One question I'm often asked is, "What attracted you to Buddhism?" This is difficult to answer succinctly because there was an amalgam of factors ranging from my background in martial arts to my need for a rationalist spirituality. However, if I wanted to answer the question in one sentence, I'd say the following:
I started practicing Buddhism because I wanted to be happy.
I've always been a goal-oriented person. I make lists, I create plans, and I execute on those plans until my goals come to fruition. This process helped me move through the ranks when I served as a U.S. Marine.
It allowed me to build a career in the tech sector despite having a non-technical degree. And it afforded me life experiences like canoeing through the Canadian wilderness and building a tiny house.
I say all of this to say that planning and goal-setting have their place. And there are aspects of our lives where they can be useful. But happiness isn't one of them.
Before Buddhism came into my life, I had a plan for how I'd become happy. It was standard stuff. I wanted a nice place to live, a job that I didn't hate, a fast car, and some extra money in my bank account.
When I finished my college and military commitments, I had the typical struggles that come with starting a career. But crappy jobs led to less crappy ones. And I started eating less PB&J for dinner each night. Eventually, I checked everything off of my happiness to-do list, and I waited impatiently to be filled with joy. But it never happened.
So, I decided that I must have done something wrong. And I changed my list. Instead of seeking happiness in material possessions I tried to find it in politics, religion, and activist work. I don't regret any of that. My religion and activism have given me many gifts over the years. But the fact remains that once I checked all the boxes on my new list, the result was the same. Happiness never came.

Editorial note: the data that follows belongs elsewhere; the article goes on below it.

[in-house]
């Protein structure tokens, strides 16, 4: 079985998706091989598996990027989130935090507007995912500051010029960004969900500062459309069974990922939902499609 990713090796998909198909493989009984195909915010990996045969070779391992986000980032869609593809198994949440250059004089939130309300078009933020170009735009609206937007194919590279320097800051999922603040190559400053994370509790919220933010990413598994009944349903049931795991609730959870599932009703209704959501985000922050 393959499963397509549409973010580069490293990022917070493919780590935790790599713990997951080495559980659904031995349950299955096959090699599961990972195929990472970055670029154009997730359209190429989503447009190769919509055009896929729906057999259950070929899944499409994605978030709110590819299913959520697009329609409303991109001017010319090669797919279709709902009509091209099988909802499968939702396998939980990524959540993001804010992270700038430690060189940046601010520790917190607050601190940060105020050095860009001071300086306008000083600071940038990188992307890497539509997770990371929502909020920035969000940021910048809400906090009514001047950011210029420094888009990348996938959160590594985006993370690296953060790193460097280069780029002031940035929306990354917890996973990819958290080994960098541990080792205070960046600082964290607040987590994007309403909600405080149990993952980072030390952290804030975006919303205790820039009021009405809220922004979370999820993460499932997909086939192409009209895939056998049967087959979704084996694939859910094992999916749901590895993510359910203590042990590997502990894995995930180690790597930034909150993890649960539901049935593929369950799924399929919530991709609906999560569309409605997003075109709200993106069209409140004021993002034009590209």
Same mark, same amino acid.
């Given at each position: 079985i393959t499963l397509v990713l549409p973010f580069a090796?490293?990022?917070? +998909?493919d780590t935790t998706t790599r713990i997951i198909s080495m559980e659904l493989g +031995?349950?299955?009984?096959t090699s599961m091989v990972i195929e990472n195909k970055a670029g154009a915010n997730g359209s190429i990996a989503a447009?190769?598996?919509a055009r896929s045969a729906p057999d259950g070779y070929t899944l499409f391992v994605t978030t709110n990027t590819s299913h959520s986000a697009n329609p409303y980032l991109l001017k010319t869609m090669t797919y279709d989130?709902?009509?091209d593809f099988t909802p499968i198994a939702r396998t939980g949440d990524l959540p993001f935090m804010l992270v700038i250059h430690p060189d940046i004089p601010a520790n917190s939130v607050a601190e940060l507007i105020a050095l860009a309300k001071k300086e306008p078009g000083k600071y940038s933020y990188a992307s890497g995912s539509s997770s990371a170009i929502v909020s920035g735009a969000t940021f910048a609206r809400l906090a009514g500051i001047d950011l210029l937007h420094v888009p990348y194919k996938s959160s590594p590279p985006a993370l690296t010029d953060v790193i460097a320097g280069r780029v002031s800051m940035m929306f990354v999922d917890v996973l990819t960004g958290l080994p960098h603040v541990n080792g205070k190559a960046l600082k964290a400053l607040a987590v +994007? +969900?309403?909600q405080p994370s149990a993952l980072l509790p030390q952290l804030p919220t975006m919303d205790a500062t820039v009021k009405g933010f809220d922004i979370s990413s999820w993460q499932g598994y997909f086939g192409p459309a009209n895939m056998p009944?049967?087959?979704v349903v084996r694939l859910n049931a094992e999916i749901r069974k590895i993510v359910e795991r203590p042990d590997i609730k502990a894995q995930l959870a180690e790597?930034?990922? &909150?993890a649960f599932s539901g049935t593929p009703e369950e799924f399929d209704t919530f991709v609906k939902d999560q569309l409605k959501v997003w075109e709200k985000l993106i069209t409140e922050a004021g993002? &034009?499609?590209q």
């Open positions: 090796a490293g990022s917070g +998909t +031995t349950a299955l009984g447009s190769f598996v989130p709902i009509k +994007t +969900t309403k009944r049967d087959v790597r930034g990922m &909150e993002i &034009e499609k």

Clearly, I have no idea what it will take to bring joy into my life. In fact, I don't know if such a thing is possible. Perhaps happiness is a lie created by society to keep us running in circles. Or maybe there's some errant portion of our DNA that makes us seek satisfaction outside of ourselves.
Either way, Buddhism has shown me that the search for happiness is a fool's errand; rooted in desire. And desire always leads to despair.
On the other hand, I find that the dull, aching feeling in my chest goes away when I focus on contentment. When I strive to be satisfied with what I have instead of striving to get or be something new, my mind state becomes more peaceful.
Gratitude practices are helpful in this regard. When I remember to say "thank you" for my job, my apartment, my cat, etc., I'm reminded that there's nothing missing from my life. In fact, one of my favorite gratitude practices is to recite the following benediction before a meal:
May the merit of this meal benefit all beings. I give thanks to the universe that made it.
When I express gratitude for the gifts that life has given me, something rises within me that's warm and comforting. It helps me notice the beauty of a freshly cut lawn and feel the sun against my skin. I don't know what to call this feeling. In fact, I'm starting to think it doesn't have a name.
But it's real and it's pleasant. And I've learned to be content with that.
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Sensei Alex Kakuyo is an author, activist, and Buddhist teacher in the Bright Dawn Center of Oneness Buddhism. He teaches a nonsectarian approach to the Dharma, which encourages students to seek enlightenment in everyday life.
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